It comes as no surprise that the Christie administration closed its eyes when critical factors screamed for state education officials to take a more active role with Camden schools.
Gov. Christie has made it clear from the day he entered office that he would rather push for charters and vouchers as alternatives to bad public schools than do what is needed to fix them.
Lately, Christie seemed to be giving the troubled Camden system more of his attention. But it now looks as if that was just part of his strategy to leverage more support for charters.
Evidence for that assumption can be found in a new report that shows the state ignored criteria a year ago that called for stronger intervention in Camden. The district had failed in three performance areas and scored poorly in two others in a state evaluation.
That was all the ammunition the state needed to order sweeping corrective action. It could have placed three new members on the Camden school board and dispatched a team of skilled professionals to provide needed expert advice to the district.
Instead, the governor sat on his hands. A state education spokesman says a new evaluation of Camden schools should be complete by the end of the month. Will the administration use that study to make a difference, or will it let the school system continue to inadequately educate children until they can escape?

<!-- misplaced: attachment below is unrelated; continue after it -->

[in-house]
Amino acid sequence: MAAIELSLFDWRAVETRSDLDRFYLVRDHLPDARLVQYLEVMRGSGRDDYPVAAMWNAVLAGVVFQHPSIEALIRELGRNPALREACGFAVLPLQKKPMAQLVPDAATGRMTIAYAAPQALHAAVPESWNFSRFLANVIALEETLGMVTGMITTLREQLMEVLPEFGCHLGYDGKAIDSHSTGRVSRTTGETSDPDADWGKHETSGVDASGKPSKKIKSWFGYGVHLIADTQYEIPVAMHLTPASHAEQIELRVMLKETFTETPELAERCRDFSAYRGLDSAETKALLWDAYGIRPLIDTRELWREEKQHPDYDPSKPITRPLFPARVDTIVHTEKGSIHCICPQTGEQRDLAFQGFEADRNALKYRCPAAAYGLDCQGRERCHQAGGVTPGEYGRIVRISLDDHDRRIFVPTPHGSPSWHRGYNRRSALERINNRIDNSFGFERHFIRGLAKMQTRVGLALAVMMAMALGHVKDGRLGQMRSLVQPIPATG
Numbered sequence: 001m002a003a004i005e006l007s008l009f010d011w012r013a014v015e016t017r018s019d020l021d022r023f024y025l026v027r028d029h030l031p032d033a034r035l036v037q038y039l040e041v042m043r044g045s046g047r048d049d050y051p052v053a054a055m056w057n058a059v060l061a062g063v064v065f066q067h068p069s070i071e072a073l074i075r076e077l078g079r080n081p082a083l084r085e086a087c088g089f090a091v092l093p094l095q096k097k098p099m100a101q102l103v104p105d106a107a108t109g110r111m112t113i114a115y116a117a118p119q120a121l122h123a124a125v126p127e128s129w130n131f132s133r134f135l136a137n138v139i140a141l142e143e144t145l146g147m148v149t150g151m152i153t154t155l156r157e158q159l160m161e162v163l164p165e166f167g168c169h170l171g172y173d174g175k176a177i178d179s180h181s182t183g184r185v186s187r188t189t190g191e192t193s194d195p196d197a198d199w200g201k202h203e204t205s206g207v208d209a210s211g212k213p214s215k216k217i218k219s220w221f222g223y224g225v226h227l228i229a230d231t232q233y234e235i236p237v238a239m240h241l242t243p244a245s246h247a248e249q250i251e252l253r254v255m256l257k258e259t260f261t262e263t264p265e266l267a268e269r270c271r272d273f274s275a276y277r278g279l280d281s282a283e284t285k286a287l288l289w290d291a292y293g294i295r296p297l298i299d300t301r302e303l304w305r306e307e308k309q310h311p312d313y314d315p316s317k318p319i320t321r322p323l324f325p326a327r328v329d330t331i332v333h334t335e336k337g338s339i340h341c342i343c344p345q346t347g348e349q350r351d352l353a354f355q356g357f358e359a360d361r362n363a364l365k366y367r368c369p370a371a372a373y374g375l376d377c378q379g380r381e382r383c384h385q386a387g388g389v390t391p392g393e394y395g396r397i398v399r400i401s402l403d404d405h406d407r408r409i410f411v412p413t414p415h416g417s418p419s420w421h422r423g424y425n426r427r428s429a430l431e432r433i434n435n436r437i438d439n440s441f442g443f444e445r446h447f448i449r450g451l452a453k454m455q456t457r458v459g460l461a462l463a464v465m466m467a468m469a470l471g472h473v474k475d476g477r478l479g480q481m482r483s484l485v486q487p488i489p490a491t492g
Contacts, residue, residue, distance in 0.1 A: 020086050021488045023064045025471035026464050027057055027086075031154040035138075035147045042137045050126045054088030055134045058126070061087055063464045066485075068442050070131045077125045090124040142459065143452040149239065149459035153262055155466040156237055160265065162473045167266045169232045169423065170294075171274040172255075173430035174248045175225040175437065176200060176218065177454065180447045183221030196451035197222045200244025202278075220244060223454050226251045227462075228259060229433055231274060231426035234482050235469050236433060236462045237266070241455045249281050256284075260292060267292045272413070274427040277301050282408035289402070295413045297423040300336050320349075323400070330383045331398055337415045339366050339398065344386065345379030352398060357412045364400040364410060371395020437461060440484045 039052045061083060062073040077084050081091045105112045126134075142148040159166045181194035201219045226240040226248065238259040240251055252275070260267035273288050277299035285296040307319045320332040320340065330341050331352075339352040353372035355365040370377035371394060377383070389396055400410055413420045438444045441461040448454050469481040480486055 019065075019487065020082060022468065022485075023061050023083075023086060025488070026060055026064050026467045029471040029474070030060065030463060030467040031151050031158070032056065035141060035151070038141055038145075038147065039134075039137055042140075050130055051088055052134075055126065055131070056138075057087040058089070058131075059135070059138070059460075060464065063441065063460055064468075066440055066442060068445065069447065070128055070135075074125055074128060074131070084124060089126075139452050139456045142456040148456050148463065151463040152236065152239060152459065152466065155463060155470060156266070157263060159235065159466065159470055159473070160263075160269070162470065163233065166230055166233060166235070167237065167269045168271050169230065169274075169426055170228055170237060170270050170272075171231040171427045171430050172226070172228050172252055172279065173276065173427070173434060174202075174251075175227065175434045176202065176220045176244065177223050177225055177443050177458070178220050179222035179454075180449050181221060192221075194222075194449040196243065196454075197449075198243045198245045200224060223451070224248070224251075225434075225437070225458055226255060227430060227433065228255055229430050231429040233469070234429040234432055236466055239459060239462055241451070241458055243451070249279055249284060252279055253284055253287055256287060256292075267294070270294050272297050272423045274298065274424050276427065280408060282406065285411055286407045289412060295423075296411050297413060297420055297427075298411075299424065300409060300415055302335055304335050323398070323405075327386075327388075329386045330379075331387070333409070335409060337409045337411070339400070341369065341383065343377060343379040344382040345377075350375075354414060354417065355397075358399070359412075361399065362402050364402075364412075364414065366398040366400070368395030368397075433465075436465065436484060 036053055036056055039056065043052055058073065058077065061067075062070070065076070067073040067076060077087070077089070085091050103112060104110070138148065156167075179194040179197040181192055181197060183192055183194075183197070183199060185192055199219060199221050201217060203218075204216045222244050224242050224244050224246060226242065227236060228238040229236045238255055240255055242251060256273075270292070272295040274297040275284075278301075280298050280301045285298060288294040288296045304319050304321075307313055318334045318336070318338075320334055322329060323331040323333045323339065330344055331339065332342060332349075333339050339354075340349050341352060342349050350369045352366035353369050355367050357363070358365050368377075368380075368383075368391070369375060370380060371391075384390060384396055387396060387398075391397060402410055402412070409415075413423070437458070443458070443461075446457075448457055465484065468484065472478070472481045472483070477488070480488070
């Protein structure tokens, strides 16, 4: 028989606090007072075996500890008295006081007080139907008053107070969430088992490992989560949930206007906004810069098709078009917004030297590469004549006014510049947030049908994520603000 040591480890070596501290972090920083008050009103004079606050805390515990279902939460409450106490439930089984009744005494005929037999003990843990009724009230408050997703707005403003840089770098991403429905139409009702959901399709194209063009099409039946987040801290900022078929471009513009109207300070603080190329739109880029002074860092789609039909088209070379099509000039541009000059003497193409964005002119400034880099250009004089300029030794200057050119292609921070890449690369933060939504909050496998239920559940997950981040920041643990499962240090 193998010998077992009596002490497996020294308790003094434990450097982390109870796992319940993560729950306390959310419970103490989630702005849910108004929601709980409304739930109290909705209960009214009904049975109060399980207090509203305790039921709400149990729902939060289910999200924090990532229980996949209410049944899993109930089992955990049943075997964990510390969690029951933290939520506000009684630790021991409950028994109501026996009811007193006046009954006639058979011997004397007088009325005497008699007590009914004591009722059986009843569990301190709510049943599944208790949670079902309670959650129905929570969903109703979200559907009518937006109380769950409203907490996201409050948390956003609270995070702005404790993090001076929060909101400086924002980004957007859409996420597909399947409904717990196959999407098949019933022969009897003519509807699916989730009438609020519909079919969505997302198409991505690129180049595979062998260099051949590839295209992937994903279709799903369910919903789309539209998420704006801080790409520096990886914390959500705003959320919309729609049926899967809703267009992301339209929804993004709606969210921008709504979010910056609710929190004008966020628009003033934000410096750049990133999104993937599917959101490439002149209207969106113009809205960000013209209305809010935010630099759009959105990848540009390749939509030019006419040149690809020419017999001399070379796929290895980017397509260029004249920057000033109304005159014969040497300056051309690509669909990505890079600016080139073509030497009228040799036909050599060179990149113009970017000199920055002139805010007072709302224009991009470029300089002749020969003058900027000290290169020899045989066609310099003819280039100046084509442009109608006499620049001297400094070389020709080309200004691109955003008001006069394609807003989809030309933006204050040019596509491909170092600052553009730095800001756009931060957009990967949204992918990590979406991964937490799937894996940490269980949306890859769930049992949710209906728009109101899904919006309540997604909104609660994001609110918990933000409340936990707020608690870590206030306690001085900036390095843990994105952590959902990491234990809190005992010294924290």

So much for the urgency that Christie has repeatedly called for to repair failing schools and give kids in chronically poorly performing districts like Camden’s a chance at a better education.
But he’s doing no worse than his predecessor, Jon Corzine, whose administration could have sought a full intervention to take charge of Camden schools but didn’t after the district received failing marks in all five categories in its 2007 evaluation.
For at least a decade, the state has had some oversight over Camden schools, but that limited role has largely failed to improve the schools. With comprehensive intervention, the state could even appoint a new superintendent — a strong step, but one that may be needed to end the pattern of failure.
Thousands of Camden students have already fled to charter schools, but there have been mixed results in their academic achievement — a reminder that charters may not be the best answer.
A preliminary graduation report released last week by school board member Sean Brown provides more evidence of how bad the schools are. At Camden High, only 153 out of 257 seniors met state and district graduation requirements, pending last-minute appeals and exams. At Woodrow Wilson High, only 123 out of 240 seniors met both requirements.
Those numbers should give Christie a sense of urgency to do more than push for vouchers and more charters. There are children who can’t wait. Don’t ignore opportunities to help them now.